Teen Can't Pin Sex-Slave Claims on School
HOUSTON (CN) - A Texas school district is not liable for a dance instructor's sexual abuse of a student who spoke about the misconduct only after she graduated, a federal judge ruled.
Amanda Feenstra was sentenced in 2013 to 10 years probation after admitting she had sex with A.W. for two years, starting in spring 2009 when A.W. was 16, until 2011 when A.W. graduated from Humble High School.
A.W. and her mother, Mary King-White, sued the school district for the Houston suburb, as well as Feenstra and six school officials, claiming the officials turned a blind eye to Feenstra's inappropriate relationship with A.W.
A.W. was 16 in April 2009 when she was named captain of the Humble High School Wildcats dance team, making her "responsible for working with the dance instructor to develop routines," the complaint states.
Feenstra, the 30-year-old newly hired dance coach, allegedly immediately took to scheduling after-school meetings with A.W., showing up at A.W.'s house late at night and having the teen over to her house, under the guise of discussing new dance routines.
"Eventually, Feenstra convinced A.W. to move into Feenstra's residence with Feenstra and Feenstra's husband," the complaint states. "Although A.W.'s mother initially objected, Feenstra told A.W.'s mother that the move-in was in A.W.'s best interest, since it would allow A.W. to work on dance routines with Feenstra, help develop A.W.'s leadership skills, and help Feenstra mold A.W. for college."
Instead Feenstra took to dry humping A.W. and progressed to performing cunnilingus and using dildos on the teen at home when her husband was out of town, in her office at school and on road trips, while constantly telling the girl she loved her, according to the complaint.
A.W. said Feenstra turned her into her "sex slave" and she obeyed Feenstra's command to keep quiet about the abuse.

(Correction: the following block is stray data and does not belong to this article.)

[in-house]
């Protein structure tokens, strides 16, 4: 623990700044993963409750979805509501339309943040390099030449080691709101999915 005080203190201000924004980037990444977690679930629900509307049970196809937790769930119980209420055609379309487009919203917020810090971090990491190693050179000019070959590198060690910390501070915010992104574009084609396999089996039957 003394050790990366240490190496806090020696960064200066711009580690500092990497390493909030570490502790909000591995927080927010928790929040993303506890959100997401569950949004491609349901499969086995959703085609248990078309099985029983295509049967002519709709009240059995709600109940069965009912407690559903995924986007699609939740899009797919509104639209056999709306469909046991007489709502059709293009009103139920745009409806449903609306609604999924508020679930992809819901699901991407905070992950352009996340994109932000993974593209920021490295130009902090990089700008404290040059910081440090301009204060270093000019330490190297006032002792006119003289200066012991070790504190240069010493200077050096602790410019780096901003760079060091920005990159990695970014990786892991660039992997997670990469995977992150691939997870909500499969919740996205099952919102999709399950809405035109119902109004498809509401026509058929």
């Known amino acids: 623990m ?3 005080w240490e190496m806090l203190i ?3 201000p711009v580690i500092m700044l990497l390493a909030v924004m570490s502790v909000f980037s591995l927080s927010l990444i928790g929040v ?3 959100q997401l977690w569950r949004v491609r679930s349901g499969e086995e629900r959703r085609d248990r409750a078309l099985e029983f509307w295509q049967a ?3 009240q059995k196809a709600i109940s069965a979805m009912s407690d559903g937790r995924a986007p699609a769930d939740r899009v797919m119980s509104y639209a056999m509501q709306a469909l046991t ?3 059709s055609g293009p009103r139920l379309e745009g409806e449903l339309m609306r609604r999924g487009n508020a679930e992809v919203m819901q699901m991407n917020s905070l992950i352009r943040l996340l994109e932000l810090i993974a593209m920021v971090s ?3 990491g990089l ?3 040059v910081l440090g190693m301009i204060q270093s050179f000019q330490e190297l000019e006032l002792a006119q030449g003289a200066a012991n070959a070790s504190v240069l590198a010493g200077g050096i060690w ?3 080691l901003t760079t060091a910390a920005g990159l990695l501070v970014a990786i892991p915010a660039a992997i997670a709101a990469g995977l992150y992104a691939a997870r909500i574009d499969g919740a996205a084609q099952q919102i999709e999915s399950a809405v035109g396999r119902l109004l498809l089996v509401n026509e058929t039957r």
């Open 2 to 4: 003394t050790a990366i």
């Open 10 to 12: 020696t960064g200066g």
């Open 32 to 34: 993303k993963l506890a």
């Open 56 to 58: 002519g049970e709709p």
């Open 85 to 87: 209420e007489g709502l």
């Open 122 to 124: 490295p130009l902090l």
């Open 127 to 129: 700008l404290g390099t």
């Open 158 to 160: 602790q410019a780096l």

Feenstra allegedly began stalking A.W. after graduation in 2011, however, leading the teen to tell a former dance instructor about the relationship.
The instructor then alerted school officials and Feenstra was arrested.
A.W. and her mother sued for violations of Title IX, the federal civil rights law that prohibits sexual discrimination in education, and also alleged sexual assault, gross negligence and other claims under state law.
U.S. District Judge Sim Lake dismissed the claims against the school district and its officials last week.
Since the sexual abuse happened more than two years before the suit was filed, the Title IX claims are time-barred, according to the ruling.
A.W. and her mother also failed to show that the statute of limitations should be tolled because school officials concealed their knowledge of the abuse.
The "complaint contains no allegations of fact capable of proving that while A.W. was a student at Humble High School that any specific person, apart from Feenstra, had actual knowledge that she and A.W. had a sexual relationship," Lake wrote.
As for the civil rights claims and the state-law claims against the district, Lake said that, under the Texas Tort Claims Act, "the only permissible tort claim against a school district is a claim based on misuse of a motor vehicle."
The state-law claims against the school officials meanwhile failed because Texas law stipulates, when a lawsuit is filed against a government agency and its employees, the employees are automatically dismissed upon the filing of a motion by the agency.
A.W. and her mother cannot amend their complaint but they can reply to the defendants' dismissal motion.
The 65-page order leaves Feenstra as the sole remaining defendant.
A.W. and King-White's attorney, Aubrey Pittman of Dallas, was not immediately available for comment.